Adaptation of succinate-grown Ps. aminovorans to growth on methylamine Ps. aminovorans was taken through five serial subcultures at 30°C on 19mM-sodium succinate (0.5%, hexahydrate) as sole carbon source. When the last culture (400ml) had grown fully, it was divided into two equal volumes and the cells from each were centrifuged aseptically at 20°C and 4000g. After being washed in sterile 50mM-potassium phosphate, pH7.0, the pellets were resuspended in 500ml of sterile mineral salts medium containing either 19mM-sodium succinate or 74mM-methylamine hydrochloride as sole carbon source. These suspensions were used to inoculate 21itres of the same medium contained in 4-litre flasks (fitted with an outlet for aseptic removal of samples), which were then shaken at 30°C. The initial cell density

was 60,ug dry wt./ml. Samples were withdrawn at intervals from the two cultures for measurement of growth and specific activity. Cells for specific activity determinations were rapidly centrifuged, resuspended in 2ml of 50mM-potassium phosphate, pH 7.0, and stored at -15°C until needed. They were then disrupted by sonication as previously described except that a total exposure time of 45 s (in 15 s bursts) was used. Protein was determined by the method of Warbiurg & Christian (1941).

Oxidation of methylamine and N-methylglutamate by washed bacterial suspensions Manometer flasks contained, in a total fluid volume of 3ml, in the main compartment 200,umol of potassium phosphate buffer, pH6.5, and freshly harvested washed whole methylamine-grown cells (10mg wet wt.), in the centre well 0.2ml of 20% (w/v) KOH, and in the side arm lO,umol of substrate. The gas phase was air and the temperature was 22.5°C. A control vessel was set up lacking substrate. 02 uptake was followed for 2h. Results Oxidation of methylamine and N-methylglutamate by washed bacterial suspensions Manometric studies on washed freshly harvested methylamine-grown whole cells indicated that 3.3mM-N-methyl-DL-glutamate was readily oxidized, and although the oxidation rate (endogenous subtracted) was lower than the rate of methylamine oxidation at the same substrate concentration (7.8 nmol of 02 consumed/min per mg dry wt. as against 25.6), the two rates were of a similar order of magnitude. Distribution of N-methylglutamate dehydrogenase in crude extracts N-Methylglutamate dehydrogenase activity was present in crude extracts of Ps. aminovorans 1977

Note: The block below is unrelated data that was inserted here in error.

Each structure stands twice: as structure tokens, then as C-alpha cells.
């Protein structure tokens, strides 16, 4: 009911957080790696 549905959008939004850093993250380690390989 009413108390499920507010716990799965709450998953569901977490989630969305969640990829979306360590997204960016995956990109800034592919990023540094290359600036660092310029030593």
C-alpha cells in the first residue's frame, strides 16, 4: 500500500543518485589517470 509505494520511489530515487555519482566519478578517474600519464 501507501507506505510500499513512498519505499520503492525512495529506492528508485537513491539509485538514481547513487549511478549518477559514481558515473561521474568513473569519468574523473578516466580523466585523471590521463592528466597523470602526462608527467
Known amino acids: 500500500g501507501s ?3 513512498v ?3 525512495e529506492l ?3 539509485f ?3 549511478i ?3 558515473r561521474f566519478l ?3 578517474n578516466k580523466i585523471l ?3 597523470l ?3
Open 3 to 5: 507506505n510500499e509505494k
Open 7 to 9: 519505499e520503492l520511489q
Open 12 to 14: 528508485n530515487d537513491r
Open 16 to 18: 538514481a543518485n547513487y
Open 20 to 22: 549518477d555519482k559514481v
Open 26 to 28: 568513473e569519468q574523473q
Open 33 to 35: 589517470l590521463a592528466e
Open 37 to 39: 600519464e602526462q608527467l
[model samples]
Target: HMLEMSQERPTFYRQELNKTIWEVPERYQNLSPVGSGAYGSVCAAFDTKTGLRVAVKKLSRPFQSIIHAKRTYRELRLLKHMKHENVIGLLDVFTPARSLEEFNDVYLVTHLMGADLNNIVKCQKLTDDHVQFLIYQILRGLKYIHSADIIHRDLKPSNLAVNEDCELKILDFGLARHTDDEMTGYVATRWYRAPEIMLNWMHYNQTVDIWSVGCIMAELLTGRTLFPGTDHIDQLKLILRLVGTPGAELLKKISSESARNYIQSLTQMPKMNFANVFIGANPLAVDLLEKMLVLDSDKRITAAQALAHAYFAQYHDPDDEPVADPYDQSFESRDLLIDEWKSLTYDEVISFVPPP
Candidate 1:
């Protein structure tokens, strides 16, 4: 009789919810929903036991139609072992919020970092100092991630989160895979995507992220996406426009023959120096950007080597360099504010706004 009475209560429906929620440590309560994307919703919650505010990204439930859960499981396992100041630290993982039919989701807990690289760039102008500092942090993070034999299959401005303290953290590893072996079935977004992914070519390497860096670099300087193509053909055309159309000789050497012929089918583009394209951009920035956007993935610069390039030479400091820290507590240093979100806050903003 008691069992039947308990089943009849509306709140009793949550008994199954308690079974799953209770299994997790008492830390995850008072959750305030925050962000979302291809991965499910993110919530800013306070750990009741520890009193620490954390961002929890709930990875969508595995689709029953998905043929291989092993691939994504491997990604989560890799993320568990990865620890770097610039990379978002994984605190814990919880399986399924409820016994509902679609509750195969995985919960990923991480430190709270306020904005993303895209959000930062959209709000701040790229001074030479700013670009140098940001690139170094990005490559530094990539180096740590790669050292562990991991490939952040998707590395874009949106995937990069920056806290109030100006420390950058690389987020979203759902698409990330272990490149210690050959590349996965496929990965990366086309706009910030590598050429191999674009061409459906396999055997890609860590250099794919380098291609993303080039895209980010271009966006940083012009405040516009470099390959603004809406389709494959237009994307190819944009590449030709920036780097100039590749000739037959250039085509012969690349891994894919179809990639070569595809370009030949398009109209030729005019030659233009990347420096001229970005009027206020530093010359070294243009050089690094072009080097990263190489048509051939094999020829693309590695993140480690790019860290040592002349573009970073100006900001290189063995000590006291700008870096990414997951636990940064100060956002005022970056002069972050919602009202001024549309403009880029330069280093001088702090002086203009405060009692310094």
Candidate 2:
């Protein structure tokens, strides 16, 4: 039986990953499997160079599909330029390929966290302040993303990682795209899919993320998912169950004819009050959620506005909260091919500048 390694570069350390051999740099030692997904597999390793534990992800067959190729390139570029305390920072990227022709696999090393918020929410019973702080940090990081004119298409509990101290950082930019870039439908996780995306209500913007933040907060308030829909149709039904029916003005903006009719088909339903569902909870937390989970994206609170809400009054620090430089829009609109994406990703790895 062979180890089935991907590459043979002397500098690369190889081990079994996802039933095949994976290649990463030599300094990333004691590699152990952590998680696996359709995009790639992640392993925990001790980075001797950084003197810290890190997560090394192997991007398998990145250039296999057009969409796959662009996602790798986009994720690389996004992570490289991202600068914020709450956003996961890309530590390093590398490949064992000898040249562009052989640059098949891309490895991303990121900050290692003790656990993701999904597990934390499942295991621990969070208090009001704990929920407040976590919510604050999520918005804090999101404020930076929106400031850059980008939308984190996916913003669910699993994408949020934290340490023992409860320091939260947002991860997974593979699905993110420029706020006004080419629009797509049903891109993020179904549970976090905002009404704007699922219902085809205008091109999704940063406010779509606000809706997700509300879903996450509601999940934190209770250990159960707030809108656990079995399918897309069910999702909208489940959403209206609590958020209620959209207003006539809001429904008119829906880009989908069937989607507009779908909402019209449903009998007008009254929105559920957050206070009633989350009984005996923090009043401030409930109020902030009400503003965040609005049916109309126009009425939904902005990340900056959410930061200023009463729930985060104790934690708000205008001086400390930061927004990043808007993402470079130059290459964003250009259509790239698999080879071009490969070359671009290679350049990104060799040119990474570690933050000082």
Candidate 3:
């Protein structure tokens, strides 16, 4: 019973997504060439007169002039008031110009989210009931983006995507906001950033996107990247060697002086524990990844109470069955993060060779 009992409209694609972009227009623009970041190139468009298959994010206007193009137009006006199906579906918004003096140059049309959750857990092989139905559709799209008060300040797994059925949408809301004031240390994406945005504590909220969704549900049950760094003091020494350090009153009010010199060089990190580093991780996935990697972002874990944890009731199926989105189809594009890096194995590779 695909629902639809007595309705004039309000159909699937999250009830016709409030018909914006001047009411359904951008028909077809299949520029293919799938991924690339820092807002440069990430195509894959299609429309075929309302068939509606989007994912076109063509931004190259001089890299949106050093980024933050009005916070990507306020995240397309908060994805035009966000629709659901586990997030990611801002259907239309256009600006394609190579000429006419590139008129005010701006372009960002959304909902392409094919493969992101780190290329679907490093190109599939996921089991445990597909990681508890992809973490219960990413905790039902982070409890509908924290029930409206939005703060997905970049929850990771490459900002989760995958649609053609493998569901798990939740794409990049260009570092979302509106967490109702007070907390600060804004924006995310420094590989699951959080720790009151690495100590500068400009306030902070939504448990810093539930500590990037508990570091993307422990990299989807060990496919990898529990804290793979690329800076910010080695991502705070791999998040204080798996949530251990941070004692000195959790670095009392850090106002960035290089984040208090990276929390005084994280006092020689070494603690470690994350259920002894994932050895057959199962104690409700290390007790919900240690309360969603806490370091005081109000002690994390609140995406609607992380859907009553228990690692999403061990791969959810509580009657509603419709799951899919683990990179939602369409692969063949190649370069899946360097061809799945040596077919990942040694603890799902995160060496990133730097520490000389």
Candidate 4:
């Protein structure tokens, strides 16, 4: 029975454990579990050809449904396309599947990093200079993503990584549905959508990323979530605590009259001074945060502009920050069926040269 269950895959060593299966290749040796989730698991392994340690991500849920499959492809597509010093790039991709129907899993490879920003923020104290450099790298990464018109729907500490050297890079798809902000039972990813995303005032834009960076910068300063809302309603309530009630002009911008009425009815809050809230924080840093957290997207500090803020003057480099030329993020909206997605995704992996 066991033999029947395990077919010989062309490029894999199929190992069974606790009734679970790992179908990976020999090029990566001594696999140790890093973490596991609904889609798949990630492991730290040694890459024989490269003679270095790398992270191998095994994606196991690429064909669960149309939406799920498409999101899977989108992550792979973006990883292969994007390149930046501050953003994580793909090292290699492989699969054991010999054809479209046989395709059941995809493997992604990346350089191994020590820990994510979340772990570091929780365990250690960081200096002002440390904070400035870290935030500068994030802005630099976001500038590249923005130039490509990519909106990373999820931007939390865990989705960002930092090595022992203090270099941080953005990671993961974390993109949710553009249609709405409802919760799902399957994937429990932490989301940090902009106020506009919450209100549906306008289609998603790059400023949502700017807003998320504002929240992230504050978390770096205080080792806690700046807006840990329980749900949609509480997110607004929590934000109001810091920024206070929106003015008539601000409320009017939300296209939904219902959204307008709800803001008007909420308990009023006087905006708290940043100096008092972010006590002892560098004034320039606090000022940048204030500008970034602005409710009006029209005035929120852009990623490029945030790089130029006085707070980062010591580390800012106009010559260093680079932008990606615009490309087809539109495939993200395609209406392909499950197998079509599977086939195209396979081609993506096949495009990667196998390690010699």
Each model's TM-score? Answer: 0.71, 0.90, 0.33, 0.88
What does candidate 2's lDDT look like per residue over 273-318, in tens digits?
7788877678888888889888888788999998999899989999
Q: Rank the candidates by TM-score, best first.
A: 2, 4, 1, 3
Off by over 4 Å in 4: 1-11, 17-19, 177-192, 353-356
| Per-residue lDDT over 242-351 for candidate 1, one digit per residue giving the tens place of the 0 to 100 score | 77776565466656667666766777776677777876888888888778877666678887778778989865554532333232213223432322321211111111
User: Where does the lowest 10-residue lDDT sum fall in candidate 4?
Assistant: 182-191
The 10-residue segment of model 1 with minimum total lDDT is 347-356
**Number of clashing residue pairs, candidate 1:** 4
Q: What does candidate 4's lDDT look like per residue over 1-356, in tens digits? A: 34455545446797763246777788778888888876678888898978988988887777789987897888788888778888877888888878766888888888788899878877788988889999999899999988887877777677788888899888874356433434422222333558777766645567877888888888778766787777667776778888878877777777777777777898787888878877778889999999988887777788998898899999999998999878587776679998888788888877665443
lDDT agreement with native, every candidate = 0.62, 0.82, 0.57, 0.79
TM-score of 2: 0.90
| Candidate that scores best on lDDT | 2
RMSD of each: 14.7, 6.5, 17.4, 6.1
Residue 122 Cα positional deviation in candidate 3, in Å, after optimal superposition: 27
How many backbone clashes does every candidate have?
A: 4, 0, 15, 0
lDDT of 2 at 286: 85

1.6 on

= 1.2

0 0.8